La Toscana è uno stato d’animo.
As I combed my fingers through my damp tresses, a mess of knotted, broken hair melted from my head. Another reminder of my current state of existence. Chronic stress, hormonal changes, and years of little sleep have definitely taken their toll.
“I’m too young to be losing my hair,” I thought to myself mournfully. But am I really?
My birthday is next week and I am now closer to 40 than I am to those long past days of my twenties.
Thirty six. Yikes.
Thinking back over the past 10 years is startling. My state of mind at 26 is so foreign to me now; a different life completely. I was a mess, I know. And maybe I am still, but in different ways perhaps. I do know that the world is not the same as it was then. It’s a new world and none of us can ever go back to the way it was.
So we trudge on forward.
HOPE AND DREAMS
It’s far too easy to become hopeless in today’s world. With the constant fears and sorrows fighting for airtime in my mind on the daily, I couldn’t be more thankful for the anchor of hope I have as a believer in Jesus Christ. But that unwavering faith doesn’t just take away the struggles of daily life like some magic pill. There is still a constant fight to make ends meet, to care for my body, my mind, and to meet the needs of the people in my care. Eternity is settled, but in the meantime, there is this life, here and now. And it’s really hard a lot of the time.
I’ve become increasingly drained emotionally over the past several months, trying to keep up with everything on my plate while facing some incredibly difficult health challenges. So I am all the more grateful for my husband and the couple of other people in my life who have encouraged and helped me continue to look up during these difficult times. Even though they all have their own hills and valleys to face, they have stood by me through thick and thin.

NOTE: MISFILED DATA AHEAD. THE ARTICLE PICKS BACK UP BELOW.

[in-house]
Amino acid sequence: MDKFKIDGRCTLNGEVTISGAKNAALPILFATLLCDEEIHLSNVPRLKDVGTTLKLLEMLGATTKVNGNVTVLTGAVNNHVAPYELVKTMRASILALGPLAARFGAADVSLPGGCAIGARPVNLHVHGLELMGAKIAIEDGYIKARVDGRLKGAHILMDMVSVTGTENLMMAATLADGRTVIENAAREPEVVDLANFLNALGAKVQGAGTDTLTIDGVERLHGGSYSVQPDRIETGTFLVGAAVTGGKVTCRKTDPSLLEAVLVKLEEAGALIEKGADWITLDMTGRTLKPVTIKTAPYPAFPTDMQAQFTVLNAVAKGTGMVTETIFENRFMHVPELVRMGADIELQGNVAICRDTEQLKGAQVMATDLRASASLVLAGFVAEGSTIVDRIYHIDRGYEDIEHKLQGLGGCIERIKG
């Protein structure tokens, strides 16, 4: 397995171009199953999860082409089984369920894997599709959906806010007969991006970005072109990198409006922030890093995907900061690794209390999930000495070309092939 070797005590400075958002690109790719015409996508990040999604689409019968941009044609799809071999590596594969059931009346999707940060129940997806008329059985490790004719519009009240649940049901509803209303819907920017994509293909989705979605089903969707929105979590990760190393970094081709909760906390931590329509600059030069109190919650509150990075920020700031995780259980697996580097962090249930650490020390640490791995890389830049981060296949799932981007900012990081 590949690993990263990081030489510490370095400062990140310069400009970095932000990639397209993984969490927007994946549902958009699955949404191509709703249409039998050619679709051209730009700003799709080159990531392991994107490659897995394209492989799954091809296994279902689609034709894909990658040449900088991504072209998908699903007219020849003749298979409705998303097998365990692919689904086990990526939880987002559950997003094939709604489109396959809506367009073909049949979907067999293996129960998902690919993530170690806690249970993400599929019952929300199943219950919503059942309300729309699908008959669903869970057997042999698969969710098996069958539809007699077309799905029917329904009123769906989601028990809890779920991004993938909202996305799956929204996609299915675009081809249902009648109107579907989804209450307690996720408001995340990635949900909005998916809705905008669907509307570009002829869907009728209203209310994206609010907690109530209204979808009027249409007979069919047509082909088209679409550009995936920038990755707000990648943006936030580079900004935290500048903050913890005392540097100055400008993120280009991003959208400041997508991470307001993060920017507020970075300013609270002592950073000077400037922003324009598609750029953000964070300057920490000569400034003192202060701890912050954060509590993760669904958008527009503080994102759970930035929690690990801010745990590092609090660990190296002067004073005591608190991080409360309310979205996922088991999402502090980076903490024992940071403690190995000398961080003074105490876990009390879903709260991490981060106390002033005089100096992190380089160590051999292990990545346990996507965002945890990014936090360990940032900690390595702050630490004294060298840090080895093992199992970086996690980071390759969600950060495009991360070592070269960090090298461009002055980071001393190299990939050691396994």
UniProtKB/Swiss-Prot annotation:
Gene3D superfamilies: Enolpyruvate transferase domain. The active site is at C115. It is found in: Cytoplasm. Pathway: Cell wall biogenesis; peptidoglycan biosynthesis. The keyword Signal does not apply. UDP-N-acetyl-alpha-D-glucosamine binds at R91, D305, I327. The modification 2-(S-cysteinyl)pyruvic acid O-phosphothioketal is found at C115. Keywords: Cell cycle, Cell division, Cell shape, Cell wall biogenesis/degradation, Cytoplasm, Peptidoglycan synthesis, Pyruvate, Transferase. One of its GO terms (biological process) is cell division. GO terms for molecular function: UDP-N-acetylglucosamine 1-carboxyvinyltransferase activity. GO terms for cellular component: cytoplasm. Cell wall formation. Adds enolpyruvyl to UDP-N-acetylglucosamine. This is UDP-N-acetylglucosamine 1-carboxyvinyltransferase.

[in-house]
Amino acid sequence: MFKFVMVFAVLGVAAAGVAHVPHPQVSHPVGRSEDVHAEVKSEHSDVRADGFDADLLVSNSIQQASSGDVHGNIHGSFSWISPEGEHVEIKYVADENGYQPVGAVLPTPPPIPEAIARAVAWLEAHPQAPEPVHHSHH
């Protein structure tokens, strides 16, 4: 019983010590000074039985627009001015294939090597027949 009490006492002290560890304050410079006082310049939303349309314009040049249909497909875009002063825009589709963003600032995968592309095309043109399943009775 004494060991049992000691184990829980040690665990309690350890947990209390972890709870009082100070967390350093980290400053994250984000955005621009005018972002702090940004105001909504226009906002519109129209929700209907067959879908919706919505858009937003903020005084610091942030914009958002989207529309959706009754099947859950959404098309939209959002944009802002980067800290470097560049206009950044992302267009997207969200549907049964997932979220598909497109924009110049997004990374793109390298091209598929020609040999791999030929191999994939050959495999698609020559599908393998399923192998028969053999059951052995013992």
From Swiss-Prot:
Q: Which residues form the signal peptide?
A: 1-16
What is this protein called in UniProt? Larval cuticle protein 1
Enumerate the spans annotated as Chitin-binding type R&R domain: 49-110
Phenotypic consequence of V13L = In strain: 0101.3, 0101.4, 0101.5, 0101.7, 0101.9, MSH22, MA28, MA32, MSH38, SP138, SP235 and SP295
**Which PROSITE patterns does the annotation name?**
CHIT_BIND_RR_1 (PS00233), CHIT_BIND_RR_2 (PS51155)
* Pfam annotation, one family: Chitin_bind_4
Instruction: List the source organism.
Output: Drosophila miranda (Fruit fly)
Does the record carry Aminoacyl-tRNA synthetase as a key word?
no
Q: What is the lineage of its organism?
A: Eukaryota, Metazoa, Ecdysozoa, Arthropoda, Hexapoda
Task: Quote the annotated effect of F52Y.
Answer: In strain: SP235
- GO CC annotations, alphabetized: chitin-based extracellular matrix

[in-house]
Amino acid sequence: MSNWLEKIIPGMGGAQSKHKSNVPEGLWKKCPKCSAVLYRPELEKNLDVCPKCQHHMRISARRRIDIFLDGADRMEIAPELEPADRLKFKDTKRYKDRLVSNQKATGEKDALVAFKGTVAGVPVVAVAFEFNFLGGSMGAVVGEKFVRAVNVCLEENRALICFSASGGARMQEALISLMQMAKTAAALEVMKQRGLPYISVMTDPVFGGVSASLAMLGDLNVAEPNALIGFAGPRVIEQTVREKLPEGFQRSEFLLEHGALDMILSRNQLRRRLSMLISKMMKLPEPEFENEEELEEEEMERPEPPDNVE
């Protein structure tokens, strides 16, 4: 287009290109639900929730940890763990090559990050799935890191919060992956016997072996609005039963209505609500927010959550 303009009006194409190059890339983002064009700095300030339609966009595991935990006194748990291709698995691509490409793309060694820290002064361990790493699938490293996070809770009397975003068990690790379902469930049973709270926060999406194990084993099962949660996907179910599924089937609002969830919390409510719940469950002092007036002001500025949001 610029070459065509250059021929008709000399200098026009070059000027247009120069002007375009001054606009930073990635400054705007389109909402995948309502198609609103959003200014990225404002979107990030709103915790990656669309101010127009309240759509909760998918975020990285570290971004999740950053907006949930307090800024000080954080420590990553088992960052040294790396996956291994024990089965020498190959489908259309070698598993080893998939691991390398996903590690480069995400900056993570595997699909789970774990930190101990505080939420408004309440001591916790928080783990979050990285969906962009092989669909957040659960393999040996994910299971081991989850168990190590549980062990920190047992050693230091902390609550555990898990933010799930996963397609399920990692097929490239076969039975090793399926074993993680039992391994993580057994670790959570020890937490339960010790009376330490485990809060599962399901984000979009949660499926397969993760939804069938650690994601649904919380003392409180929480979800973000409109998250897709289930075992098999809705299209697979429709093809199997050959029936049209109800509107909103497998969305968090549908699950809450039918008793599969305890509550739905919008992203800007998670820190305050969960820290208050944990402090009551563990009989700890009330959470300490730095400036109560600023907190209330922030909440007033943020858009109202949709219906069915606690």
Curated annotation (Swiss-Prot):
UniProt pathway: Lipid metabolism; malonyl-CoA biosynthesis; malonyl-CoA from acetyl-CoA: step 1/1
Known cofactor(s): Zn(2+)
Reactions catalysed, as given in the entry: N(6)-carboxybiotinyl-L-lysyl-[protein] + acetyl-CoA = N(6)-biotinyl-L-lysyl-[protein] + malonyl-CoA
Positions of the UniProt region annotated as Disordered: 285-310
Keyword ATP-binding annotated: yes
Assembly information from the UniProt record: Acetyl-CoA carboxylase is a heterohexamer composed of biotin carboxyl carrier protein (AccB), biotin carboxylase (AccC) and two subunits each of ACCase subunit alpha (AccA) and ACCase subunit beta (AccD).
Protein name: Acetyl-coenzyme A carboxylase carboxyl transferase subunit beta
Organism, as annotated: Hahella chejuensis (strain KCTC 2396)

Grazie, miei cari amici.
MY PARENTS IN PARIS
As the vision for “My Journey to Italy” unfolded, I shared my thoughts with my mom one evening recently. And something she said to me really hit me hard. When she told my dad about my interest in Italy, changing my blogging focus, and wanting to move there someday, he didn’t quite understand it. So she reminded him about a saying between the two of them that has brought them comfort over the years… at least we have Paris.
They have never been to Paris, but in their minds and hearts, they share a dream that one day they would be together there. And that dream has given them joy many times over the years when life seemed impossible.
Will they ever physically get to Paris at this point in their lives? Probably not with all the many difficult factors involved. But Paris still remains a special dream to them. To my parents, Paris is a state of mind.
When she said this, it hit me. That’s what Italy is for me.
Do I want to go there in person? Absolutely. Will I ever get there in my lifetime? I really don’t know. All I have is today, right here and now. But instead of giving into the sadness of my own struggles and the sorrow of this world, I can still have Italy, I can still have LIFE! My husband and I can still dream of retiring together in a villa in the Chianti hills. I can still plant seeds, and bake bread, and sings songs, and be happy, right now. I can live this way if I choose to, feeling full of life again, ready to face tomorrow again and again. Because for me, Tuscany is a state of mind and I don’t have to wait until I’m old to live it.
So tomorrow I’m going to get up again, have a delicious cup of my favorite Italian roast coffee, and get back to work. Because that’s what we do. I’m going to enjoy my life, whatever it looks like. And I’m never going to stop dreaming and working my way towards Tuscany.
Non smettere di sognare. Don’t stop dreaming.